With continued practice, your body will make automatic corrections, don’t overthink it. This is muscle memory, the coordination between hand and eye.
Your ability to judge distance is enhanced by practicing hitting targets at different distances and terrain perspectives.
Change your angles to train your eye to make adjustments for uphill angles, downhill angles, across the angles, and at moving targets.
Moving targets require you to aim a little ahead of your target. This will time the release of the stick to the anticipated point where the target will be as it moves, rather than where it is. This is called the lead or giving your aim lead.
Pro Tip: Be aware that some woods are poisonous and can affect your physical well-being.
For example, I was working with Syringa wood, or China Berry tree as it’s known in the US, and breathed in a fair bit of sawdust, I got very ill from it.
Once my body had purged the poison from my system, however, there was no lasting effect.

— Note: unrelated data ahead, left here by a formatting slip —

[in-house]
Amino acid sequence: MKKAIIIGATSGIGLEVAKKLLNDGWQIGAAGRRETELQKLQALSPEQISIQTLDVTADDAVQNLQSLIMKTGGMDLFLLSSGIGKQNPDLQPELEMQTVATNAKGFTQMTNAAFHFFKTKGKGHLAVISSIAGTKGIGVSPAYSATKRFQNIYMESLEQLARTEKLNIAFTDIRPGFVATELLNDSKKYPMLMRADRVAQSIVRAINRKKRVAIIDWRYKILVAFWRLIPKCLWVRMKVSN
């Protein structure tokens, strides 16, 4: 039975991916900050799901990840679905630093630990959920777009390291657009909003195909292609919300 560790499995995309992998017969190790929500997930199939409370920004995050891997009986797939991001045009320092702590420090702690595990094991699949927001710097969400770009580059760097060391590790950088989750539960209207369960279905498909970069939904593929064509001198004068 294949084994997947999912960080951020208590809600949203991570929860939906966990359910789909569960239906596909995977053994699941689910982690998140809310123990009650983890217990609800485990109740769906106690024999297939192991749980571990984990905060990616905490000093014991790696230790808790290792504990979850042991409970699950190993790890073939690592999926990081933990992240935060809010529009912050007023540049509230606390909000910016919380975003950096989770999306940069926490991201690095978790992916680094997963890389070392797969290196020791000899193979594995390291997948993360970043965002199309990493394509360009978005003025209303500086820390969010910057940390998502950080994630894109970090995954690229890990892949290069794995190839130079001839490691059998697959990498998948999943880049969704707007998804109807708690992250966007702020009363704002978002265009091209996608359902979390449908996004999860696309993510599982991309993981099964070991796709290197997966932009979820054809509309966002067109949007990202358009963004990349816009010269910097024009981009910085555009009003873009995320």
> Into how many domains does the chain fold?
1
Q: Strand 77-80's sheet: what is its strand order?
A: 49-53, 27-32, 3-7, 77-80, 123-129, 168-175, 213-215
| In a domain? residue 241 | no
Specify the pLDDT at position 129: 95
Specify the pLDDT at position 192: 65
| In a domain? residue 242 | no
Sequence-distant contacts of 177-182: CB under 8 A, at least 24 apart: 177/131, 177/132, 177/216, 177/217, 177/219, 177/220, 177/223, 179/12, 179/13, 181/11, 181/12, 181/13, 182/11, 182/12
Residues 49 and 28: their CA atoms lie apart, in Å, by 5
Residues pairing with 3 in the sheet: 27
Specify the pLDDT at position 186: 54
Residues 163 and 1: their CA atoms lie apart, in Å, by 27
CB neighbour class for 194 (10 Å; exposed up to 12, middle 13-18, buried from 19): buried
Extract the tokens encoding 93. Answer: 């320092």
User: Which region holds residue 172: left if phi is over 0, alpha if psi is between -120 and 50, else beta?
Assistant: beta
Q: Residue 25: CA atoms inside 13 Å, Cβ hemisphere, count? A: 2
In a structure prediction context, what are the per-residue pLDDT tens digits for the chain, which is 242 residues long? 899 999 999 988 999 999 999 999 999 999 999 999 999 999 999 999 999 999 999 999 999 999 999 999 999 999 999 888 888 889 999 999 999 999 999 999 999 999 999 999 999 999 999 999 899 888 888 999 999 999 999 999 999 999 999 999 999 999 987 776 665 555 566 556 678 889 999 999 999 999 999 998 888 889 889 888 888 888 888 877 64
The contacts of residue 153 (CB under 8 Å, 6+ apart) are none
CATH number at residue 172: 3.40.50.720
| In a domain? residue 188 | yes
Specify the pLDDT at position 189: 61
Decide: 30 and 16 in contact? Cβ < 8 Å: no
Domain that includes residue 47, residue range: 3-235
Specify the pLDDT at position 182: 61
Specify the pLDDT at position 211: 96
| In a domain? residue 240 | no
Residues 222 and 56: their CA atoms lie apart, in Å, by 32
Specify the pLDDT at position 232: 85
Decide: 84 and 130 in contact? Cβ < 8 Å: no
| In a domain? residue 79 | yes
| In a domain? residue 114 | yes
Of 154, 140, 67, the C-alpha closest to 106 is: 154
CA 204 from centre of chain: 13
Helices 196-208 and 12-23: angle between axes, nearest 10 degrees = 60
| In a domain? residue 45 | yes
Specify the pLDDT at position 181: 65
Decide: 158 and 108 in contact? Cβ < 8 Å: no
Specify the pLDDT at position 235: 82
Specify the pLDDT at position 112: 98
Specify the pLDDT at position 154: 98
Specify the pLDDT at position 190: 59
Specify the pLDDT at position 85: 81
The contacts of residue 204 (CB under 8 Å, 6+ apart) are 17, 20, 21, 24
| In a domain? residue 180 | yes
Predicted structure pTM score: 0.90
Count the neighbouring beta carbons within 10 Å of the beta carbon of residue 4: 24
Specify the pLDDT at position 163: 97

These trees are often used by birds and insects so that is not a reliable gauge of toxicity.
Besides identification, it is best to work the wood with gloves and wear a light particle mask when sanding. Dry wood has less of an impact than wet wood, the only exception is if you burn it.
Practice till it becomes instinctive and natural. The Egyptians hunted with the throwing stick and used it for sport, recreation, and as a weapon of war.
The humble stick has a very long and rich heritage, keep that in mind when you have to rely on it for your survival.
A curved shape is better than a straight edge. Smooth lines and an aerodynamic shape will gain you distance and accuracy.
Weight is important, too heavy and you will require a lot of physical strength to throw the stick and too light a stick will have no weight behind it when making an impact.
Your action needs to be intuitive, instinctual, and flow from muscle memory built on practice.
When hunting your window of opportunity is usually very short. Don’t overthink the action just do it.
Harrison Caine is a soldier, a hunter, a trained expert in hand-to-hand combat, hunting. He’s trained soldiers, fought wars, and provided defense services to refugees and U.S. officials. His experience in tough wilderness scenarios is unmatched